Fremont Peak Park

Seattle, Washington 2007

Fremont Peak Park was created as a collaboration between Haddad|Drugan (lead artists), GGLO (lead landscape architects), Seattle Parks and Recreation Department, and the Friends of Fremont Peak Park. 

The half-acre site of Fremont Peak Park is on a hillside north of Seattle’s Fremont neighborhood. From the street entry one moves through a mature stand of evergreen trees to arrive at a promontory with sweeping views of Puget Sound.

The park captures the spirit of Fremont, integrating  the Greek myth of Theseus with cosmological events as visitors travel through a preserved woodland to a panoramic view of Puget Sound.  Native plants, artifacts, integrated art, and trails are part of this unique destination where art and landscape work together to seamlessly convey metaphoric meaning through functional, natural, and sculptural means.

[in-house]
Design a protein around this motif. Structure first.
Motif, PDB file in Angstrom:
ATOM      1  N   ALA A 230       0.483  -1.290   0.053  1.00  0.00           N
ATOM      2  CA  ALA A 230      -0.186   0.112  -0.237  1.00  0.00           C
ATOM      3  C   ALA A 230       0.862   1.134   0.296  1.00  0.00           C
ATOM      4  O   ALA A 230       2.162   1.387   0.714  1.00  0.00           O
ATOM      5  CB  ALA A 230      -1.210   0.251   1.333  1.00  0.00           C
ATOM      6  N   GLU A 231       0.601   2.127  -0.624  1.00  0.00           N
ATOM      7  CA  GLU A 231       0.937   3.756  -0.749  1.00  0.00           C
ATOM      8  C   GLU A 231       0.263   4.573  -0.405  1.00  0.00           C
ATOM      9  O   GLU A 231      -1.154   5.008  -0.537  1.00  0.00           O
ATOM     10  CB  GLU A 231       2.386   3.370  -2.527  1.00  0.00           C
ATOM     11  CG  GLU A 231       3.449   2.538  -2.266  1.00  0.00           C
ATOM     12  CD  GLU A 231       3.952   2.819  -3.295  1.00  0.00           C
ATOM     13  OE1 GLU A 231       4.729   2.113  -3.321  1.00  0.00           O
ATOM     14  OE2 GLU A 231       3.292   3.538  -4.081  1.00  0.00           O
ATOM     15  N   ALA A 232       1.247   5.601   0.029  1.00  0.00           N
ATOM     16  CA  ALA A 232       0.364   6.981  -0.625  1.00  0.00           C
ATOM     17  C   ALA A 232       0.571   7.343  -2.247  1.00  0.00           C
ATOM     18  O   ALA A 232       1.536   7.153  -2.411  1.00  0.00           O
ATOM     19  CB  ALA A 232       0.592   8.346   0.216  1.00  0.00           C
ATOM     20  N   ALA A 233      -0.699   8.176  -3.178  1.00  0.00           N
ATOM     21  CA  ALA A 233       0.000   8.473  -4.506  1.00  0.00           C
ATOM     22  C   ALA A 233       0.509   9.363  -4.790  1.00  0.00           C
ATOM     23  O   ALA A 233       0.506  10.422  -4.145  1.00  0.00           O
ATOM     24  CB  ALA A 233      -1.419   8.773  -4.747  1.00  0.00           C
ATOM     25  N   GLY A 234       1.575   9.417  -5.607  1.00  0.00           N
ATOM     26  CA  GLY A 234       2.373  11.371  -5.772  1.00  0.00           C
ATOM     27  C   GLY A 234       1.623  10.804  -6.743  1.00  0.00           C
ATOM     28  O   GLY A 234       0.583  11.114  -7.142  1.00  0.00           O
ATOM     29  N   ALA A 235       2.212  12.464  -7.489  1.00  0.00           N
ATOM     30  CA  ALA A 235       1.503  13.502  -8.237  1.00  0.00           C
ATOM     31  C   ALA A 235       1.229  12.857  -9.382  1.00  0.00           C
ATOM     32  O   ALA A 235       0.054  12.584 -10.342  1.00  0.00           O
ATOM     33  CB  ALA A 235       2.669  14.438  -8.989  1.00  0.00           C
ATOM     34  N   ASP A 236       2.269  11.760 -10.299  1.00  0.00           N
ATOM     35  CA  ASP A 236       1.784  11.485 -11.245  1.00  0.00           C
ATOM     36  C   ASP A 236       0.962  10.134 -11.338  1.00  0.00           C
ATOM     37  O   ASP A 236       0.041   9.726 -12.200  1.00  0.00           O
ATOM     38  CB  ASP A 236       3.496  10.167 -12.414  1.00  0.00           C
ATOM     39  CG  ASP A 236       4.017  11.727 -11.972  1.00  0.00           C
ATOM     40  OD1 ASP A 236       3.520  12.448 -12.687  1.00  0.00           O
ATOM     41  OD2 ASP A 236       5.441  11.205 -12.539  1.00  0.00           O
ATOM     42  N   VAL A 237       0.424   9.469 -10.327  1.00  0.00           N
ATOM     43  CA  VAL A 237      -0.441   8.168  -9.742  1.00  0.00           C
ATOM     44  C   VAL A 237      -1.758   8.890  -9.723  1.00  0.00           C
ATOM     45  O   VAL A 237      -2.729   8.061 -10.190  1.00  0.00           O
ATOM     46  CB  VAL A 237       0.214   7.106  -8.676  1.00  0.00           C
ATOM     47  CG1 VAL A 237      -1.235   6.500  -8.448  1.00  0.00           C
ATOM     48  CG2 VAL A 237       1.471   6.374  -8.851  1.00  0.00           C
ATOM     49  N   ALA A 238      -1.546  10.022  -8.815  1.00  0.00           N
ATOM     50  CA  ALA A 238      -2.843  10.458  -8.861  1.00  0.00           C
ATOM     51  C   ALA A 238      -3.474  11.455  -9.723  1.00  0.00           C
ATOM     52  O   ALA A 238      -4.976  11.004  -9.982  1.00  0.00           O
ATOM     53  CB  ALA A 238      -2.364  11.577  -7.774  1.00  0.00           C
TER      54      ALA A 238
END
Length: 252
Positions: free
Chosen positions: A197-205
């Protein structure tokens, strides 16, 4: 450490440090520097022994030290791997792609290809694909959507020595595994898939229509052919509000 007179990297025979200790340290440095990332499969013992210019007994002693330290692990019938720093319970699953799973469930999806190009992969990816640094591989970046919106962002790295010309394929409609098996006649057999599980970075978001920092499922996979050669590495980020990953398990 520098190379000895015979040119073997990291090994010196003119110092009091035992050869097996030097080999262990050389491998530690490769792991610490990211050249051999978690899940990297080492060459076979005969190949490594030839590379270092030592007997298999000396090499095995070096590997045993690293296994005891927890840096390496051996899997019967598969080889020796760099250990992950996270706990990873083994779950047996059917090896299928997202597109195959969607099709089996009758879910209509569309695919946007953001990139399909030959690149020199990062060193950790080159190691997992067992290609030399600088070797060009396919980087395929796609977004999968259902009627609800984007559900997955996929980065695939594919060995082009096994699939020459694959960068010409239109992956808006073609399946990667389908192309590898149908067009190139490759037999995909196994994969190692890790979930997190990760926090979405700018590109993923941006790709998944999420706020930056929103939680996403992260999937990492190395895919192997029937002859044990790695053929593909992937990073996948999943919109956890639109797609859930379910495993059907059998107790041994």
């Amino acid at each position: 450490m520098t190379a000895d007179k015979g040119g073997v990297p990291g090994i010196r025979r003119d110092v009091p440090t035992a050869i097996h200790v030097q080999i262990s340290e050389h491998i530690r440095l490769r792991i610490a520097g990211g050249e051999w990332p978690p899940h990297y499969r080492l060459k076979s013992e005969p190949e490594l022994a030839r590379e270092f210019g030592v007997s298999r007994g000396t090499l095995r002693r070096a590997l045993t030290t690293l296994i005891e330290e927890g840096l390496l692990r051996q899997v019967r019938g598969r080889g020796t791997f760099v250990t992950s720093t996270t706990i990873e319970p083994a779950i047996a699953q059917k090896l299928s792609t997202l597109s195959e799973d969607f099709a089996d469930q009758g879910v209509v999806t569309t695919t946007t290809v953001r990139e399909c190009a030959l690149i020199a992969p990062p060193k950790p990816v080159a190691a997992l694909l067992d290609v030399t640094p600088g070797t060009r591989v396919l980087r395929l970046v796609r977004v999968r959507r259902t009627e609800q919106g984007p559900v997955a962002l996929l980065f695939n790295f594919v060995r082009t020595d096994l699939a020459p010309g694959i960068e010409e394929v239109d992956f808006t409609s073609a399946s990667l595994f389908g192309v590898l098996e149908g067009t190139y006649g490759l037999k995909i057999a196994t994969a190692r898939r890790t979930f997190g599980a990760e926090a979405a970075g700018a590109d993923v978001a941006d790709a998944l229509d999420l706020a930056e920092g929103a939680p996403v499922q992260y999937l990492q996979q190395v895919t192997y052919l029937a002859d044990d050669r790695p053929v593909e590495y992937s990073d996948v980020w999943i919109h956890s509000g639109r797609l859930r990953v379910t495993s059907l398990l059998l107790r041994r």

The art is experienced on a spatial level, and is built around an overlay of two concepts:  one mythological, the other cosmological.  The mythological element stems from the idea of mapping a ritualistic path out to the view.  It is based on the Greek myth in which Ariadne gave Theseus the end of a spool of thread that he unwound as he made his way through the labyrinth to slay the Minotaur.   In this park the labyrinth is represented by concrete walls.  Ariadne’s silver thread begins as a spool at the entry, then moves into the sidewalk paving, picks up again along a path through the woods, and terminates in a Y embedded in the view terrace, with legs pointing to locations of the sunset at the winter and summer solstices. 

The cosmological aspect of the park ties into the myth, and is also a link to Fremont’s self-proclaimed identity as the “Center of the Universe."  The solstice lines at the view terrace and moon paving at the entrance reference solar and lunar cycles.  There are two locations where pipes in the patterns of constellations are embedded in walls, and the seating boulders in the view terrace are in the pattern of the constellation Corona Borealis, or Ariadne’s crown.